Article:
Public Speaking Posture To Adopt For Projecting Confidence
Do you know that your public speaking posture affects the audience’s perception and reaction towards you and your speech?
We are usually unaware of our own posture and the message it’s sending to others. This stems from the fact that our posture is a habit that we have developed over a long period of time. Therefore, the display of our posture is done unconsciously. In this article we will be addressing the public speaking posture to adopt for projecting confidence.
Why it is important to adopt a good posture when speaking
Exhibit desirable traits
Posture is a category of nonverbal communication. In other words, the audience can pick up unconscious messages you are communicating based on your posture. Hence, it is important to adopt a good posture to help you exhibit desirable traits such as confidence, authority and trustworthiness.
Helps to project your voice
A good posture allows you to engage in deep breathing and clear projection of your voice. Also, with a good and straight posture, you can also practise diaphragmatic breathing. This is a powerful technique known to help you project your voice. Diaphragmatic breathing enlists the use of your belly to take in more oxygen to your lungs and provide more support to your voice. This in turn allows you to engage in deep breathing and the projection of your voice.
If you are interested to learn more about this technique as well as other techniques to project your voice better, you can refer to this article for more information [How to project your voice and speak louder]
How to adopt a good public speaking posture
Attaining a good public speaking posture is not as easy as it seems, as this article puts, it, how we stands affects has a huge impact on how we speak. The few areas you will need to take note include head, shoulders, back and feet.
As much as possible, keep your head straight and parallel to the floor, most of the time. Do not push your head too much to the front, back or side as it would make you look smaller. The smaller and the more disproportionate you are in the audience members’ eyes, the less authority and credibility you have.
Here is an example of a poor gesture as a result of positioning your head a little too far in front.
To achieve a good shoulder posture, keep your shoulders back and straight. If you have a poor shoulder posture, you will look like this.
This posture is commonly known as slouching. When you slouch, your audience will perceive you as a speaker who is bored, tired and unprofessional. Once again, why make yourself look smaller and less reliable when you can make yourself look strong and more confident?
The back is another area that can affect your posture. Ensure that you stand upright so that your back is straight and your stomach is not protruding outwards.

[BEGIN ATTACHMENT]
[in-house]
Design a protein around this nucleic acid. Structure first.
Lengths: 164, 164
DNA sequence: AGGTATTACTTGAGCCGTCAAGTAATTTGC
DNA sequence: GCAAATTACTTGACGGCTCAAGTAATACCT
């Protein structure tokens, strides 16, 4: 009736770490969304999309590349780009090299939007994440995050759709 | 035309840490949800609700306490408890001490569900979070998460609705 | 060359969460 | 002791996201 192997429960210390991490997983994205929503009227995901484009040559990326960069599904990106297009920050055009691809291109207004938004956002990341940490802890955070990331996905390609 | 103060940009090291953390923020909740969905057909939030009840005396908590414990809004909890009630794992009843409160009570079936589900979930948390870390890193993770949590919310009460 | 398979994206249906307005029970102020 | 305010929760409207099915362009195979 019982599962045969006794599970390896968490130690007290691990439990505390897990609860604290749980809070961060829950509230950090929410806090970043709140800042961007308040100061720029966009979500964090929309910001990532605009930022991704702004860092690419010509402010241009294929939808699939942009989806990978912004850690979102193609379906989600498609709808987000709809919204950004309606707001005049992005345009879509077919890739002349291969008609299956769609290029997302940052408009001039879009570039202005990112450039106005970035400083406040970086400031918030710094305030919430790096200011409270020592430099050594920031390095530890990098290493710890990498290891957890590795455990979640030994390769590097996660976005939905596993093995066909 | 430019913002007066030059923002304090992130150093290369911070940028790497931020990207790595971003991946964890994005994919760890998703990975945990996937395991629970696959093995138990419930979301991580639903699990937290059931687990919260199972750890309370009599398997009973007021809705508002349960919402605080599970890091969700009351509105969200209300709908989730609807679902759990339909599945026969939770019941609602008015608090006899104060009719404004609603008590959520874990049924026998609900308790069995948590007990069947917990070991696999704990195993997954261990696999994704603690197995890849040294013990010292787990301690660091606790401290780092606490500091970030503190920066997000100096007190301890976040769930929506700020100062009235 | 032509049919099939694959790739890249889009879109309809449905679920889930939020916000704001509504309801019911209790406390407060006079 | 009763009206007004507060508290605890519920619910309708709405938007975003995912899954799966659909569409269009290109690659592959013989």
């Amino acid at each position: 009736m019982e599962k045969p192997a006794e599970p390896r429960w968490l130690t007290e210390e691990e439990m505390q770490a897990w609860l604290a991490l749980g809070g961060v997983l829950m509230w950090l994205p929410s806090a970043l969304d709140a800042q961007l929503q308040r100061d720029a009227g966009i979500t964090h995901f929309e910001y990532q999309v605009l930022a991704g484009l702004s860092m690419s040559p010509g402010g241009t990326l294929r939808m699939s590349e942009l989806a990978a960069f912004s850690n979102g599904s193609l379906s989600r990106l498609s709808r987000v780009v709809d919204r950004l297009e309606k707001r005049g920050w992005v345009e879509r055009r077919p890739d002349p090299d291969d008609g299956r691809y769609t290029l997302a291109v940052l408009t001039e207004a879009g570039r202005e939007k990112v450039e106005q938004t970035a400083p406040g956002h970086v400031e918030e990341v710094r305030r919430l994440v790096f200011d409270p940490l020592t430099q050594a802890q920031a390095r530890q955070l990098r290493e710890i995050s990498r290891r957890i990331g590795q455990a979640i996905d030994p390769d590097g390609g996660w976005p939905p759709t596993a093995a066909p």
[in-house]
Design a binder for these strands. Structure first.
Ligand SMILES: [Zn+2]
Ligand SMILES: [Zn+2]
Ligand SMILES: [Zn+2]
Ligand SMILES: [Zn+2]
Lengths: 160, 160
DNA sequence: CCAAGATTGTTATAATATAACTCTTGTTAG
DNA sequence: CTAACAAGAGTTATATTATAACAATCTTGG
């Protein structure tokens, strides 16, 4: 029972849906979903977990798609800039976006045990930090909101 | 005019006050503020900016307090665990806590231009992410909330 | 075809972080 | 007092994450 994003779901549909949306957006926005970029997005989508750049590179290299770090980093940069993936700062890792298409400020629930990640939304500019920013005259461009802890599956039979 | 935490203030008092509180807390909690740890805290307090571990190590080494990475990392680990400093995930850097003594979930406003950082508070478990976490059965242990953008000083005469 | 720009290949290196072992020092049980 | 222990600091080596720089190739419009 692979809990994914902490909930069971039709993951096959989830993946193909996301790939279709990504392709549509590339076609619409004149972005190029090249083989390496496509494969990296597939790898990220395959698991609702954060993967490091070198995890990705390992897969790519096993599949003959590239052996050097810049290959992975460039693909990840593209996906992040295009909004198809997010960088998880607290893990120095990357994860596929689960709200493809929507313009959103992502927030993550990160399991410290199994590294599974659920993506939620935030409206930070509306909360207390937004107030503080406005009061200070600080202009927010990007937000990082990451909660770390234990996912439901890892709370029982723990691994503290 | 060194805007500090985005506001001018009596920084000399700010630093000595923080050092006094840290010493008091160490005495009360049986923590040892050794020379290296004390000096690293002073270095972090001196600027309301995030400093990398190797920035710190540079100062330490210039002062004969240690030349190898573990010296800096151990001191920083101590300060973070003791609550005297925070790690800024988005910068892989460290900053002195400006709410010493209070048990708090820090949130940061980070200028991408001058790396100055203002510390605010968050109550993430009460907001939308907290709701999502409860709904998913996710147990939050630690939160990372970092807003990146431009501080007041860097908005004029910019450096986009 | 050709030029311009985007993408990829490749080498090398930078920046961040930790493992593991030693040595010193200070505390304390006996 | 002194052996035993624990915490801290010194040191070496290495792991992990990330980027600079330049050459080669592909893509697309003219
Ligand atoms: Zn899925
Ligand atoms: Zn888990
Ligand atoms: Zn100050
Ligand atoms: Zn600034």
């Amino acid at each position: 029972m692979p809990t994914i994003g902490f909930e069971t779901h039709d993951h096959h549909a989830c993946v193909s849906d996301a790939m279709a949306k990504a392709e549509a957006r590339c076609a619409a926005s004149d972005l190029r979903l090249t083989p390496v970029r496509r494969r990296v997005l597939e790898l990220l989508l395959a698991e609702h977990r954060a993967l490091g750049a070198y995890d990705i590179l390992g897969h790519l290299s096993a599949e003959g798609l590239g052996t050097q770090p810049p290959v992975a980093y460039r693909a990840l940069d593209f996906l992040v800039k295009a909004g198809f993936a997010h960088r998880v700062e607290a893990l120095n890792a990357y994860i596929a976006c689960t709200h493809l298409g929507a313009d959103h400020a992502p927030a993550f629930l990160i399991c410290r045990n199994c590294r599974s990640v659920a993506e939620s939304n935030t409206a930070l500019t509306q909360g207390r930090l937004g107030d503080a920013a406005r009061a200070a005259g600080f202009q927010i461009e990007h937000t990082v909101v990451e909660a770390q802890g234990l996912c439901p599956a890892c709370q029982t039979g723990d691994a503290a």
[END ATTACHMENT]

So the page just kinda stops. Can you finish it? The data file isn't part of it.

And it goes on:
When a speaker’s stomach is protruding outwards and making an ‘S’ shape, this posture is called the anterior pelvic tilt (also known as the Donald Duck Posture). Some speakers unknowingly display this posture when they try to ‘over-compensate’ their slouching posture. This usually happens when the slouching posture is the speaker’s habitual & daily posture and suddenly, he/she has to counter it for a speech.
Looking at this illustration, can you imagine the audience’s reaction upon seeing a speaker in this posture?
There are several things you need to take note when it comes to your feet.
First of all, you need to ensure that your weights are distributed equally in both feet. This is the ideal and most powerful feet position while delivering a speech.
Putting all of your weights in one leg makes you look very casual. This may make your audience feel that they aren’t taken very seriously which will affect your image as a speaker. Although it’s alright to adopt this position occasionally (especially for speeches with longer duration), try to minimize it.
Secondly, do not stand with your legs crossed. This restricts your movement and your audience will perceive you as an unconfident speaker.
Lastly, try not to stand with both feet too close together. This might indicate discomfort and lack of confidence on the speaker’s end.
On a side note, you should not stand with your feet too wide apart as well. Not only will you get uncomfortable after standing in this position for a long period of time, you also appear unnatural.
A good rule of thumb is to stand with your feet aligned with your shoulders. In other words, your feet should be shoulder-length apart.
In summary, to display a good posture, you’d need to:
- Keep your head straight & parallel to the floor
- Keep your shoulders back & relaxed
- Keep your back straight & body upright
- Keep your feet shoulder-length apart and distribute body weight equally on both feet
Many of our postures are habits we have developed over a long period time. Hence, have the patience and perseverance to avoid negative body language gestures in presentation, break bad habits and develop the right ones. As long as you are aware what you need to improve and work on improving it consciously and continuously, you will get there.